OPENING REMARKS - INFORMAL CIVIL SOCIETY INTERACTIVE HEARING ON NON-COMMUNICABLE DISEASES
New York, 16 June 2011
Ladies and Gentlemen,
Just over a year ago, the General Assembly decided to convene a high-level meeting on non-communicable diseases. Nearly two-thirds of global deaths each year are due to NCDs, such as cancers, cardiovascular diseases, diabetes and chronic respiratory diseases.
These diseases are a problem for all countries, and in all countries, it is for the poorest that access to prevention and treatment of NCDs and to healthcare provision is the most difficult. We would be failing if we did not act on this knowledge.
The decision to convene the high-level meeting was an acknowledgement by the General Assembly that the prevalence of the NCDs around the globe is such that it warrants a concerted global response. Furthermore, that response needs to go well beyond the health sector as there are much broader economic and social drivers for these diseases.
This hearing represents a significant milestone in the preparations for the September high-level meeting on NCDs. Over the past eight months, a number of regional consultations, as well as the WHO Global Forum and a Ministerial Conference in Moscow in April, have been held to inform the preparations.
As well as contribution to the preparation of the high-level meeting, today's hearing is also an important opportunity to identify key challenges and opportunities for addressing NCDs prevention and control. In this sense, the impact of the hearing goes beyond September's high-level meeting: it provides a basis for further strengthening our commitment to work together to address challenges and seize opportunities.
As we have learnt in our collective response to other health and development issues, success will depend critically on the ability of governments, the private sector and civil society to form alliances and partnerships to address effectively NCDs. No one actor is able to harness the resources necessary or address the complex range of factors that are driving the progression of these diseases. We must work together, and we must find ways to do so more effectively.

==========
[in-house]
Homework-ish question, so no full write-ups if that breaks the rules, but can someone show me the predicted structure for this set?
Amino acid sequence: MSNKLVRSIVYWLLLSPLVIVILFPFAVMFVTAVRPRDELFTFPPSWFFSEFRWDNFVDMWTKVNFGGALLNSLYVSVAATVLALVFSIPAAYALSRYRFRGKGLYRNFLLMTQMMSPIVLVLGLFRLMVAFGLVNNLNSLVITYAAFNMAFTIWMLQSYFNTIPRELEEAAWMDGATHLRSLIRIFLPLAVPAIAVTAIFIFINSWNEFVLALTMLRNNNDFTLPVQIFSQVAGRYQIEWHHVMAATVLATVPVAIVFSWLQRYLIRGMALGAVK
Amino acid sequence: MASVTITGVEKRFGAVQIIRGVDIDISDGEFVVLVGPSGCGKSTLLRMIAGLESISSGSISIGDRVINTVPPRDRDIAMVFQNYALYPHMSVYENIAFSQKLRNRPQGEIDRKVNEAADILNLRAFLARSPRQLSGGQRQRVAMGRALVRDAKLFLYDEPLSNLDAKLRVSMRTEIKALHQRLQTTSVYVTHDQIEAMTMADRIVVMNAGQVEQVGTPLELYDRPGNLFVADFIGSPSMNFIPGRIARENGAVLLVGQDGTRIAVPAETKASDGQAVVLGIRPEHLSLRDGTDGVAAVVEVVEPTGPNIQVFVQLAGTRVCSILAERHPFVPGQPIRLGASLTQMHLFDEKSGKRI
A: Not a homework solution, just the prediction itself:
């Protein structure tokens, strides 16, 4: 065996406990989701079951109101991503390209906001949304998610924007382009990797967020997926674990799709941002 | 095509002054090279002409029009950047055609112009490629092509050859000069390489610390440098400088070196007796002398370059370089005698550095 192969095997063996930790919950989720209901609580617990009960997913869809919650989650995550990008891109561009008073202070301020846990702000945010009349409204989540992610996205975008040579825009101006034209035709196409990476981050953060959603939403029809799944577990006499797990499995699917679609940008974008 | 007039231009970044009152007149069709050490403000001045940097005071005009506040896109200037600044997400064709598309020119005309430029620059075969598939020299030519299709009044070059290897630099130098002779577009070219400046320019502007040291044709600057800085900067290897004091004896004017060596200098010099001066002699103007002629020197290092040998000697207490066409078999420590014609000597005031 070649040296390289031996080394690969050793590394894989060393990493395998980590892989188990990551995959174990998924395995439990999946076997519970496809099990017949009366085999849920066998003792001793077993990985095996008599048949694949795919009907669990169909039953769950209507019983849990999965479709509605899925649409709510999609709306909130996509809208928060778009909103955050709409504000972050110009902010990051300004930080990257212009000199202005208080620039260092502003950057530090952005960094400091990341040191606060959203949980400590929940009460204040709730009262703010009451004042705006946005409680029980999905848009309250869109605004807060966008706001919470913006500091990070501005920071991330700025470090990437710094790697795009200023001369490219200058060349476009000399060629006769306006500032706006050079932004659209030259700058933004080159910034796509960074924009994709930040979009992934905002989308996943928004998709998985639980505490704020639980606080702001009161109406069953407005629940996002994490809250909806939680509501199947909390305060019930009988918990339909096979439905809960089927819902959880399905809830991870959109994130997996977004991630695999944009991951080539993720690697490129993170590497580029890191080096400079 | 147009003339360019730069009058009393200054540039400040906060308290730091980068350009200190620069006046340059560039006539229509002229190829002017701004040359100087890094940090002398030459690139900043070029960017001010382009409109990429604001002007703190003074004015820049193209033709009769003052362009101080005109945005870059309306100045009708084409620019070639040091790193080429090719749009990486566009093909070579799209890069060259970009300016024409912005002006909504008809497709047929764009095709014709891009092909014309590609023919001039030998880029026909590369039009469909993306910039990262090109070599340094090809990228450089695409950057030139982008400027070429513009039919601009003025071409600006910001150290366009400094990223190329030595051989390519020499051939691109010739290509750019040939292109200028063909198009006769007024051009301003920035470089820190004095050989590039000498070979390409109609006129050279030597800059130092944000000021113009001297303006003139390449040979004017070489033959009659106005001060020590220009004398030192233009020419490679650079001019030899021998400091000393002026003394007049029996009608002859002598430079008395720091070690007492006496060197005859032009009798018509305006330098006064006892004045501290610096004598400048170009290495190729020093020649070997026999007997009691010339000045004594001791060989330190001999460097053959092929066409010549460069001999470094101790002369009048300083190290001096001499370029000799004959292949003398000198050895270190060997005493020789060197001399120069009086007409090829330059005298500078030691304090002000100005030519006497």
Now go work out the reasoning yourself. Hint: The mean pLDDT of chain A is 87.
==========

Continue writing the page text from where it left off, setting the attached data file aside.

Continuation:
An important challenge that the global community faces is how to build these partnerships and to respond effectively at a time of financial constraint and at a time when there is still much work to do on other global health issues.
Let me be clear: NCD prevention and control is not competing with other development and health priorities, and it is important to understand that addressing NCDs is contributing to improving health conditions and development in general.
I made similar remarks at the high-Level meeting HIV/AIDS last week. As with the response to HIV/AIDS, it is essential that we integrate global action on NCDs with other health and development programs. There are obvious synergies to be had in addressing poverty and other health factors and in improving health systems, in particular primary care. Issues such as gender equality, climate change and food security are equally relevant.
I am convening this hearing at the request of Member States, thus reflecting how much they value the role of the groups present today. I know that the representatives of Member States that are here today are keenly interested in the issues and will be listening carefully to the discussion.
I am convinced that the stakeholders participating in this hearing – nongovernmental organizations, civil society organizations, academia and the private sector – are all essential to an effective response to counter the global progression of NCDs.
The timing of this interactive hearing is ideal, as Member States will shortly start their informal consultations on the outcome of the high-level meeting.
Today’s discussion will directly inform the work of the Co-facilitators, Her Excellency Ambassador Sylvie Lucas and His Excellency Ambassador Raymond Wolfe, who are leading the preparation of the draft outcome document and assisting me with the subsequent negotiations. I take this opportunity to thank them for their engagement in the preparatory process of the high level meeting.
I want also to thank you for accepting my invitation to attend today's hearing. Your participation is a testament to the level of commitment and interest that there is in this important topic, and it bodes well for future global action to prevent and control NCDs.
I wish to thank the Civil Society Taskforce for its important role in advising on the preparations for this hearing. I also wish to thank the WHO for its leadership and support during the preparations for the high-level meeting.I wish you a very stimulating and constructive interactive hearing.
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